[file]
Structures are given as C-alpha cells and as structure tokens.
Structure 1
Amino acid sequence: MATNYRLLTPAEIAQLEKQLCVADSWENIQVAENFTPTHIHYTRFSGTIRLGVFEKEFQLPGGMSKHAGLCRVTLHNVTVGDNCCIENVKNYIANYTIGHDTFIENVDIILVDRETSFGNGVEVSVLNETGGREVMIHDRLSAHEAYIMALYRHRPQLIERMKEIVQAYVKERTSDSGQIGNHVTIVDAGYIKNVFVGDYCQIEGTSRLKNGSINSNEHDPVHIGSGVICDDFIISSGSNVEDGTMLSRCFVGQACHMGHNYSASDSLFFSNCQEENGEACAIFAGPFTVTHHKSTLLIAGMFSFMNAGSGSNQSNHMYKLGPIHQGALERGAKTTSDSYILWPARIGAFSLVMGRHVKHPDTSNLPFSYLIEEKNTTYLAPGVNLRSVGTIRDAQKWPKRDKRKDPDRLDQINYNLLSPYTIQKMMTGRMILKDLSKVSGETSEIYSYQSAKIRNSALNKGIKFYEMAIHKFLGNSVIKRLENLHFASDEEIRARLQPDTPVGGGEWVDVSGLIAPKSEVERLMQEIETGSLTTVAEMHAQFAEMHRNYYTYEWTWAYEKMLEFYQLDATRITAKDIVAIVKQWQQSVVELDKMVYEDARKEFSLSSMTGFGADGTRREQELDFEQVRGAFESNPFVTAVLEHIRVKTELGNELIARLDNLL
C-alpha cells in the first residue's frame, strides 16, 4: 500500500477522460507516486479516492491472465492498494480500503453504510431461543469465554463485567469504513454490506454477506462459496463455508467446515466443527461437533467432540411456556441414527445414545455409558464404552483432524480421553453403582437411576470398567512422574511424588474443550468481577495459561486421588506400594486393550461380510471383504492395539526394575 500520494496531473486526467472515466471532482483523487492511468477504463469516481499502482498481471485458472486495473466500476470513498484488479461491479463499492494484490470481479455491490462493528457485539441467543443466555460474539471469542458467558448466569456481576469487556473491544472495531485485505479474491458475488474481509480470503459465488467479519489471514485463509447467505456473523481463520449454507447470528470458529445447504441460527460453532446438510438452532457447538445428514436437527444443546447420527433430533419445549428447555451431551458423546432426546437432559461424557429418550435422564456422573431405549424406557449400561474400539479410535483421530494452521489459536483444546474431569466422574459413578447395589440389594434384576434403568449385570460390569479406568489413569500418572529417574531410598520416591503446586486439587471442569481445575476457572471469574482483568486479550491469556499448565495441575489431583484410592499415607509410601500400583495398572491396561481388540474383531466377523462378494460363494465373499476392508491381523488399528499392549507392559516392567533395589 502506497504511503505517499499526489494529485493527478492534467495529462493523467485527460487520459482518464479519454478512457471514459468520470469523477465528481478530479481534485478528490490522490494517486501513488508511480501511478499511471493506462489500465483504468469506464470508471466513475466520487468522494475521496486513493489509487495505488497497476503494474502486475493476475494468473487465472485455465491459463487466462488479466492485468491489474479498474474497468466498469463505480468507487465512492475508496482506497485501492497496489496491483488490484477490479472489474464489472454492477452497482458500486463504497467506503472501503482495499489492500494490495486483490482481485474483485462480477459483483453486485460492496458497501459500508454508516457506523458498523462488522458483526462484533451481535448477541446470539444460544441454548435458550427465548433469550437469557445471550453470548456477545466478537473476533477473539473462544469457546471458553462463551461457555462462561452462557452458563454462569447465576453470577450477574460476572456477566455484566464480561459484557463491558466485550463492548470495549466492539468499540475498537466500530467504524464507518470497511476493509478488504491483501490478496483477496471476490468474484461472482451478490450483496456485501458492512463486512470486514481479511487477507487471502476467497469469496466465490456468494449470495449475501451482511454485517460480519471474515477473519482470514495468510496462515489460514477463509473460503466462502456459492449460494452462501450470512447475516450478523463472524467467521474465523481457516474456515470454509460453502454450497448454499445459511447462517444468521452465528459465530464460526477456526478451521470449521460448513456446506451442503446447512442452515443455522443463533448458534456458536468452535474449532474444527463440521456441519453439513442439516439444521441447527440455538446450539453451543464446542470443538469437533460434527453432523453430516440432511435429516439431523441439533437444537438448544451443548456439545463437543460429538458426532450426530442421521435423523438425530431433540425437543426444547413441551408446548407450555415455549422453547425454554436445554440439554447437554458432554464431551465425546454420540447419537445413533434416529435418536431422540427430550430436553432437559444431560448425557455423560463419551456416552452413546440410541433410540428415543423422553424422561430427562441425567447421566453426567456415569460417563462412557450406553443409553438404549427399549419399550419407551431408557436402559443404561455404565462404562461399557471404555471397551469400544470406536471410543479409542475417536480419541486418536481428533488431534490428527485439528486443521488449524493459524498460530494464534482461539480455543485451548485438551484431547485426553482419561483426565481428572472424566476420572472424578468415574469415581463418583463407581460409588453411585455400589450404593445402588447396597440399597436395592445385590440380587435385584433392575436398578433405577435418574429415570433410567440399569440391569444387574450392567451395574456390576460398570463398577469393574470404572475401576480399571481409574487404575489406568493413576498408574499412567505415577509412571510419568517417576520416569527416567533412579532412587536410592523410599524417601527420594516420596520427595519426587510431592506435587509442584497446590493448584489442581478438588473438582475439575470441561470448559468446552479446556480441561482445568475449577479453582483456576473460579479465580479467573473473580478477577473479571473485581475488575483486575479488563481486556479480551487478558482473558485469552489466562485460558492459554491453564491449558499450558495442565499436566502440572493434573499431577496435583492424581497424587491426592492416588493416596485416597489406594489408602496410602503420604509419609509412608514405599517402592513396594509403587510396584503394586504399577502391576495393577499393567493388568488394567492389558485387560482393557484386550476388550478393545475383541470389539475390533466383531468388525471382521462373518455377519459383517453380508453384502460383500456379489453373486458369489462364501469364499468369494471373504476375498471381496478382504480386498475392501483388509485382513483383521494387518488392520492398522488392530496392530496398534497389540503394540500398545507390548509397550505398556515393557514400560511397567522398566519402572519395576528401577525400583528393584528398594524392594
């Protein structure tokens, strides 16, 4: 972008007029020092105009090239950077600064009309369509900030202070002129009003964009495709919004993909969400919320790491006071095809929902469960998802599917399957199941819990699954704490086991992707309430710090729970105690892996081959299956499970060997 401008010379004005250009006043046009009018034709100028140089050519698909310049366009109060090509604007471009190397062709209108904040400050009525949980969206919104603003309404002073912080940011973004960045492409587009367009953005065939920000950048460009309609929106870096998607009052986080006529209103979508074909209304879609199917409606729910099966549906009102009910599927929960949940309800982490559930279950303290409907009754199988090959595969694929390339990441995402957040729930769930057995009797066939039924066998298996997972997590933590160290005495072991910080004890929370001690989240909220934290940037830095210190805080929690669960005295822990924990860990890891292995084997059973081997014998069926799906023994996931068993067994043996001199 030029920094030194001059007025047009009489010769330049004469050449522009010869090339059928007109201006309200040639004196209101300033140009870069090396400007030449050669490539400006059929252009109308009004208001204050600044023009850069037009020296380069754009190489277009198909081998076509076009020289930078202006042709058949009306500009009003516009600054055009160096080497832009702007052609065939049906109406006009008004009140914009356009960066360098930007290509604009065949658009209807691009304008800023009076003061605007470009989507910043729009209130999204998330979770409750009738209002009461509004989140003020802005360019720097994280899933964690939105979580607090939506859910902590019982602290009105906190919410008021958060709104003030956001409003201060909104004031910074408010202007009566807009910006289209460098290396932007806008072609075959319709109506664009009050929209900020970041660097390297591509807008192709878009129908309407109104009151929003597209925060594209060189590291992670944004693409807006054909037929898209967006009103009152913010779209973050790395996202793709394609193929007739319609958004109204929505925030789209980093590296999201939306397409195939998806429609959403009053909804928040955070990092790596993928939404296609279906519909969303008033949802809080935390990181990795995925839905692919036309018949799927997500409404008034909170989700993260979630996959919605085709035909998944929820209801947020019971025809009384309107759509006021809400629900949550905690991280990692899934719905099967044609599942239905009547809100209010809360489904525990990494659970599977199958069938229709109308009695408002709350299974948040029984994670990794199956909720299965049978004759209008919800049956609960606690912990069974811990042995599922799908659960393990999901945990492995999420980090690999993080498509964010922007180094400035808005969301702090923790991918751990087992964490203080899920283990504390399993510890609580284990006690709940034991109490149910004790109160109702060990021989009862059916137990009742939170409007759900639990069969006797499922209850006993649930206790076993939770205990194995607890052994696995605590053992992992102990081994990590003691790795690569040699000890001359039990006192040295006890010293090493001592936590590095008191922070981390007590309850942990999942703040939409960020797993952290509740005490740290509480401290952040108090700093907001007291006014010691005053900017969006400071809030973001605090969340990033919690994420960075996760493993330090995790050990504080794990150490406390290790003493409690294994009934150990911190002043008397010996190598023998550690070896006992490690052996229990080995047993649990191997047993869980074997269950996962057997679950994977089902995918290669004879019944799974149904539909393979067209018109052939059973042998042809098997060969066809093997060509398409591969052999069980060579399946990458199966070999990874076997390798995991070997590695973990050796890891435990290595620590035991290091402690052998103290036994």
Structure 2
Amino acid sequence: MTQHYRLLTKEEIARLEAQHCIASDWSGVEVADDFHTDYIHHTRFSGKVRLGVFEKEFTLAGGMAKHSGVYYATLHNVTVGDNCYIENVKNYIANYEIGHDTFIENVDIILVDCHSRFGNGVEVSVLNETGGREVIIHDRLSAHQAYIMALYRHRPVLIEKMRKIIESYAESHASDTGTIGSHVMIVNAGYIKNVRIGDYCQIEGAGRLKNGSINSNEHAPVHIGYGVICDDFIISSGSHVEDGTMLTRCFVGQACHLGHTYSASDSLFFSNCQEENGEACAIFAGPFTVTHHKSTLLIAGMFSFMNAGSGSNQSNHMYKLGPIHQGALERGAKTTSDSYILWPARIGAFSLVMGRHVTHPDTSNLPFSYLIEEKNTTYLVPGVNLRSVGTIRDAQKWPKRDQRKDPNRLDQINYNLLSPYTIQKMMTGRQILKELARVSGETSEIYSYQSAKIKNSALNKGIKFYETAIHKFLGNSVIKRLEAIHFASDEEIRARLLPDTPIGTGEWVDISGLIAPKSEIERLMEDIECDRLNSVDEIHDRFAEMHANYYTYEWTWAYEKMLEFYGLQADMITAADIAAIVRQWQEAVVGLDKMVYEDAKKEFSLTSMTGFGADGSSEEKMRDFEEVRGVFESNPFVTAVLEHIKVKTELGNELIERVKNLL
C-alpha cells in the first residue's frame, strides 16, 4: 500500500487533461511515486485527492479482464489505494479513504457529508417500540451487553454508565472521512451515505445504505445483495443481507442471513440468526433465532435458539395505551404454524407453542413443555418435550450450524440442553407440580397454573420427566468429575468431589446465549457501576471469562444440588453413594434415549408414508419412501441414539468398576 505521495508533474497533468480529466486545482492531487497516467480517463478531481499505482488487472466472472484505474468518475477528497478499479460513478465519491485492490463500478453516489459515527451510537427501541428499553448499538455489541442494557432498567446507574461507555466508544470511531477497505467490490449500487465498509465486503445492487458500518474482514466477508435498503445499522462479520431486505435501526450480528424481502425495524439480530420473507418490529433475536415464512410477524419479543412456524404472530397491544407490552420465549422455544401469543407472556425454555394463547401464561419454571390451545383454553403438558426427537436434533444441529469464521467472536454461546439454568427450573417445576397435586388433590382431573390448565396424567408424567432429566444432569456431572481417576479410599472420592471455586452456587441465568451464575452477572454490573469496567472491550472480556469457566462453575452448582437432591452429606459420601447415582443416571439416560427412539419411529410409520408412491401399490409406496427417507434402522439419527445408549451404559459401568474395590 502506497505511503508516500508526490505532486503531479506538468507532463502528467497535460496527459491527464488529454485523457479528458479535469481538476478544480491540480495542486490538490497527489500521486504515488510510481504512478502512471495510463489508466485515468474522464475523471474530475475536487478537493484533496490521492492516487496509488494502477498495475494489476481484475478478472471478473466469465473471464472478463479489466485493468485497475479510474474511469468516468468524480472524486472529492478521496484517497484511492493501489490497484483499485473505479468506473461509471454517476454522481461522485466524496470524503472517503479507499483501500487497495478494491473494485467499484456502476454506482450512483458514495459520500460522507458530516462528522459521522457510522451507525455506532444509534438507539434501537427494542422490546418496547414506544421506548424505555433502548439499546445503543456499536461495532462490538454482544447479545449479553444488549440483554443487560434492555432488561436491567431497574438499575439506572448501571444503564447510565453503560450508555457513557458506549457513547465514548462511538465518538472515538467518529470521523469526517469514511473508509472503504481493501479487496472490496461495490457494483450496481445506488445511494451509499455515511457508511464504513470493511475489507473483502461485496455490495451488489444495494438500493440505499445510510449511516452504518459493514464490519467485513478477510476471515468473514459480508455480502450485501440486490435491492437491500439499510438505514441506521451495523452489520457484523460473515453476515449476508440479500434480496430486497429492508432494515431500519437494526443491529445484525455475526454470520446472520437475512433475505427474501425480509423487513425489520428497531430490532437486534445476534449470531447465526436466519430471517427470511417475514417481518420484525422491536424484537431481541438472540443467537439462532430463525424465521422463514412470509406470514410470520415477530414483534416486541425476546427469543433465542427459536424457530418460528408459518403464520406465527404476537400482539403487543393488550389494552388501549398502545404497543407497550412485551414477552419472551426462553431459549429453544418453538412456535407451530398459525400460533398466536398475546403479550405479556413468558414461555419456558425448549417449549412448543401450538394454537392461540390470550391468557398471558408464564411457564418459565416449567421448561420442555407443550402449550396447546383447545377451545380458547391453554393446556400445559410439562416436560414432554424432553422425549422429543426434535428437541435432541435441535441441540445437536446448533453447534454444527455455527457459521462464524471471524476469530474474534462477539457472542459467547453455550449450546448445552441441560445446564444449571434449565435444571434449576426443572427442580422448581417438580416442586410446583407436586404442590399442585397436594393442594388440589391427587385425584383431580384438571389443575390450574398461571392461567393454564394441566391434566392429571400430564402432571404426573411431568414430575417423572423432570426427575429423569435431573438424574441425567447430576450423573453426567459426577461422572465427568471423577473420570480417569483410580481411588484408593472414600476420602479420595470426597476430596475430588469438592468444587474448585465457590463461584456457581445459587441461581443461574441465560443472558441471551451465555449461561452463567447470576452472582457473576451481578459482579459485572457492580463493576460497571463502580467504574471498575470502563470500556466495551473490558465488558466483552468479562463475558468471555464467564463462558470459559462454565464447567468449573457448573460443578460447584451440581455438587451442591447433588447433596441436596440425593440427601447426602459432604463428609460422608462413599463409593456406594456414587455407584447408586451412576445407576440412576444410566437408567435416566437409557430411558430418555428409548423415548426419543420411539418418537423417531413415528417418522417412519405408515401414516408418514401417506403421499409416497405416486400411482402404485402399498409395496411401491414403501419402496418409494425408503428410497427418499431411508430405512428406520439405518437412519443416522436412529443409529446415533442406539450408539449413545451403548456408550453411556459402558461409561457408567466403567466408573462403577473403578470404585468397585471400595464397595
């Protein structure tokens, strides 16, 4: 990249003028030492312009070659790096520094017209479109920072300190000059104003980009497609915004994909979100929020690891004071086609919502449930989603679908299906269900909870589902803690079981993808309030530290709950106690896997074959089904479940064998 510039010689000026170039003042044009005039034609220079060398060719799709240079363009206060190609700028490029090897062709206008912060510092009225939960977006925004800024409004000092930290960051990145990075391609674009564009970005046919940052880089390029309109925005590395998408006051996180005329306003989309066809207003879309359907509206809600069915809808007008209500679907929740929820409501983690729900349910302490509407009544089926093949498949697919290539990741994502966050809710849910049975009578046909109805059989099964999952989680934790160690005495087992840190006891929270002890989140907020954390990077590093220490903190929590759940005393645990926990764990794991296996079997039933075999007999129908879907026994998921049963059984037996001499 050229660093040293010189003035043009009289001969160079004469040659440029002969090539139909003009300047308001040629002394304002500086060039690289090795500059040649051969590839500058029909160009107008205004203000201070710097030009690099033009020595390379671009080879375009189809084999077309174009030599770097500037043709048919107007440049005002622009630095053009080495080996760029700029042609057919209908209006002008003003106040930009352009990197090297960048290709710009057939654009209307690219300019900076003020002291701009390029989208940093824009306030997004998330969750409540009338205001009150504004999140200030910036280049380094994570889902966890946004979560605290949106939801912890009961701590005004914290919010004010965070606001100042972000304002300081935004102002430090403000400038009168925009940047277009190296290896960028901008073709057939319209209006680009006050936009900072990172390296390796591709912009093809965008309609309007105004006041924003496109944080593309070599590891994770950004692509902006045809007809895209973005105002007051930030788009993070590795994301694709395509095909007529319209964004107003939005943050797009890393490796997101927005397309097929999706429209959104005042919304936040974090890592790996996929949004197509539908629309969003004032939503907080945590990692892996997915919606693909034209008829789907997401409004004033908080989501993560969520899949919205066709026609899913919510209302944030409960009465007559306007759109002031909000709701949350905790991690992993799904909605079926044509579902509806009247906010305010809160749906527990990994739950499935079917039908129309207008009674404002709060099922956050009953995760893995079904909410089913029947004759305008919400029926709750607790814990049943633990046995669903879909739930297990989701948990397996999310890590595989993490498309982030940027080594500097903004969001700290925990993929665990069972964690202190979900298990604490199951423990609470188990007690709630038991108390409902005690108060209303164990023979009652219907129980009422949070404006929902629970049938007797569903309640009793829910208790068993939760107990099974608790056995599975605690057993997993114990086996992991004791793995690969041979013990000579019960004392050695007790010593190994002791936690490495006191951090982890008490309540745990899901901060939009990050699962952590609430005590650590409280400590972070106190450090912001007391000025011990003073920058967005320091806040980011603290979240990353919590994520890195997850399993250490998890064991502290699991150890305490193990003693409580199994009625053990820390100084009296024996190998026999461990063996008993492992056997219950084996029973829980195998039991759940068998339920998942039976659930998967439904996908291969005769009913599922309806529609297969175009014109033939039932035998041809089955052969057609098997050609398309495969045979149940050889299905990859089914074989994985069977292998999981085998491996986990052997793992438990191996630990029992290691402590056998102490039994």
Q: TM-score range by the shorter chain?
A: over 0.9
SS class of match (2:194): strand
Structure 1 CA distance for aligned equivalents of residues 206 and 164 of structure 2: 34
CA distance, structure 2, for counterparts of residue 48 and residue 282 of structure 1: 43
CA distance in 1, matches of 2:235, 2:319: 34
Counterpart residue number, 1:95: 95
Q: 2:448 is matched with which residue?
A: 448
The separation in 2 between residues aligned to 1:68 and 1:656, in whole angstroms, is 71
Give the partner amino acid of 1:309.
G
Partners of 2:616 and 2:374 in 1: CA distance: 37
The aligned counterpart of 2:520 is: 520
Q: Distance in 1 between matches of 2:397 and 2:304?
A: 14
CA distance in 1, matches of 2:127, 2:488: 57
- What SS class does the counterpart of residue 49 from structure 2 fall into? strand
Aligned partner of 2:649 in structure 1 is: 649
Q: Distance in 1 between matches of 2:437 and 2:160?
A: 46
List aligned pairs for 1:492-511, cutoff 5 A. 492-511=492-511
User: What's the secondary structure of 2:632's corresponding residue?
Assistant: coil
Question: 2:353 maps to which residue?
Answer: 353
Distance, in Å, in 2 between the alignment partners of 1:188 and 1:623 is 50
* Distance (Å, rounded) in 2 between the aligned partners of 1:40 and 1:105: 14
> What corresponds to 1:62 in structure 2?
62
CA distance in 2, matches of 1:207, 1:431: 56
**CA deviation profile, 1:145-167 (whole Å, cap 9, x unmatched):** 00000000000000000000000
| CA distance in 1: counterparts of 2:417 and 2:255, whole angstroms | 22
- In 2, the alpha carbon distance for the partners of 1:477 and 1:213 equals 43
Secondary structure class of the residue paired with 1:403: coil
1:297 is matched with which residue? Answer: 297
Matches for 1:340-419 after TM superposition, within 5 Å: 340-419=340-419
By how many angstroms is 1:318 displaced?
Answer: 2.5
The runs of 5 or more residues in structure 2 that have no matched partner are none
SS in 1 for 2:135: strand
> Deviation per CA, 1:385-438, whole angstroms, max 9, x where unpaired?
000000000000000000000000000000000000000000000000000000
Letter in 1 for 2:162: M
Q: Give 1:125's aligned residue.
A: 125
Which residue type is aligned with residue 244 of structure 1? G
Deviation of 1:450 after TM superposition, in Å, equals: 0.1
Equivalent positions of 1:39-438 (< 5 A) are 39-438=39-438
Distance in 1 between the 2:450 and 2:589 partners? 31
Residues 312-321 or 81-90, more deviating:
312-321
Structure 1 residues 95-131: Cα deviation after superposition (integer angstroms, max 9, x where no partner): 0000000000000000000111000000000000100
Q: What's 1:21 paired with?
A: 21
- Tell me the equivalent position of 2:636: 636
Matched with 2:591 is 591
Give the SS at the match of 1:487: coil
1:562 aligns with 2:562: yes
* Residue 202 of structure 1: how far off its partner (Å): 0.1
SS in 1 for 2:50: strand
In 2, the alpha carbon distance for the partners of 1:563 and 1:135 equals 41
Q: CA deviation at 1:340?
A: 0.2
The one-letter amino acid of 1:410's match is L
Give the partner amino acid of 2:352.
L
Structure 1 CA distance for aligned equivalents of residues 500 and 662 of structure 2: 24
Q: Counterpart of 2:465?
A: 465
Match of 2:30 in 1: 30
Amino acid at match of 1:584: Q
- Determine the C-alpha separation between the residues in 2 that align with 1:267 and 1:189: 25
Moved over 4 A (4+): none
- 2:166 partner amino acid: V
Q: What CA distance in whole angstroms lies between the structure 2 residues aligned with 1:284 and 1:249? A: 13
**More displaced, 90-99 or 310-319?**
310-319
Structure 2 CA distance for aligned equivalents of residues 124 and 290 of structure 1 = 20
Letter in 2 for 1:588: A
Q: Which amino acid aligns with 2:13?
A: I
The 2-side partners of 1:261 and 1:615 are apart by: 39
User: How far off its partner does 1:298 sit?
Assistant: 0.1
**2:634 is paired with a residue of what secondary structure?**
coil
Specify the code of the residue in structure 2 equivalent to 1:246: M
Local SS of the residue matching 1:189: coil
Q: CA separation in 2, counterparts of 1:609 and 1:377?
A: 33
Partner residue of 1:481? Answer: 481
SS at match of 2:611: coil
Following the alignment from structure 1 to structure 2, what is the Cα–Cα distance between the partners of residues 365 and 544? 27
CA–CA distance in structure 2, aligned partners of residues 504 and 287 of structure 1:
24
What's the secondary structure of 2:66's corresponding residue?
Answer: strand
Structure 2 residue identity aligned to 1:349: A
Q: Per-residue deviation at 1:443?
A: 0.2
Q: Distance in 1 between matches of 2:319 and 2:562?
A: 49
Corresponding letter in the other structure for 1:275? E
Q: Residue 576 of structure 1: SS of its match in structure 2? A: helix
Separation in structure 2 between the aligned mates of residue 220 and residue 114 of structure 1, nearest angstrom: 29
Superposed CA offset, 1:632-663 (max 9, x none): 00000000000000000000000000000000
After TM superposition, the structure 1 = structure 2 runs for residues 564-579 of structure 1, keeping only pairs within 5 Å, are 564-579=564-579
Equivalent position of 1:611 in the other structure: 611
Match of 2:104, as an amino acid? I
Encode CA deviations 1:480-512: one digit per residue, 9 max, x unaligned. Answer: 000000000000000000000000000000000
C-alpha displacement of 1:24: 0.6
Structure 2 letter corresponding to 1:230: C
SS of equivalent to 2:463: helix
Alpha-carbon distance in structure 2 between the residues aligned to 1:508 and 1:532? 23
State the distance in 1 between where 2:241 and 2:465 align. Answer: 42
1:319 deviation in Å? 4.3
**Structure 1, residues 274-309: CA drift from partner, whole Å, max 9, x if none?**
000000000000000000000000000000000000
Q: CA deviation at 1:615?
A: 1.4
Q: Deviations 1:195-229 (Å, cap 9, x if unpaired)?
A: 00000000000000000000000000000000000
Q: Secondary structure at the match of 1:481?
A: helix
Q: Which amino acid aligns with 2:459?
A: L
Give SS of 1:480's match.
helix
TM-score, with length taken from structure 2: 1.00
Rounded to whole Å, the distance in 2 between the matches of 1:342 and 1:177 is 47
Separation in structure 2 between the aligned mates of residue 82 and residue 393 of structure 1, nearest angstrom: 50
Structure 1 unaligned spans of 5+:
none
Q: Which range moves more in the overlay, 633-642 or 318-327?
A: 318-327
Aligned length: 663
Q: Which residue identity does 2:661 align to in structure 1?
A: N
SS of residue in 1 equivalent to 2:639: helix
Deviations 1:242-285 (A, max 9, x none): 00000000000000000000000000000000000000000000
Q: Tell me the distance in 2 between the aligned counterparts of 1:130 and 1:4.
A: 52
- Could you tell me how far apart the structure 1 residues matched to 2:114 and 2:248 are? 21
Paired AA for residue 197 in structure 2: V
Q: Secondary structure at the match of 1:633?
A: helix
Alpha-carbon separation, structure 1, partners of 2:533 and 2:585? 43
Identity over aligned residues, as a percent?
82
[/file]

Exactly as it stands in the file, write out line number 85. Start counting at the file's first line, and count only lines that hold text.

Q: What CA distance in whole angstroms lies between the structure 2 residues aligned with 1:284 and 1:249? A: 13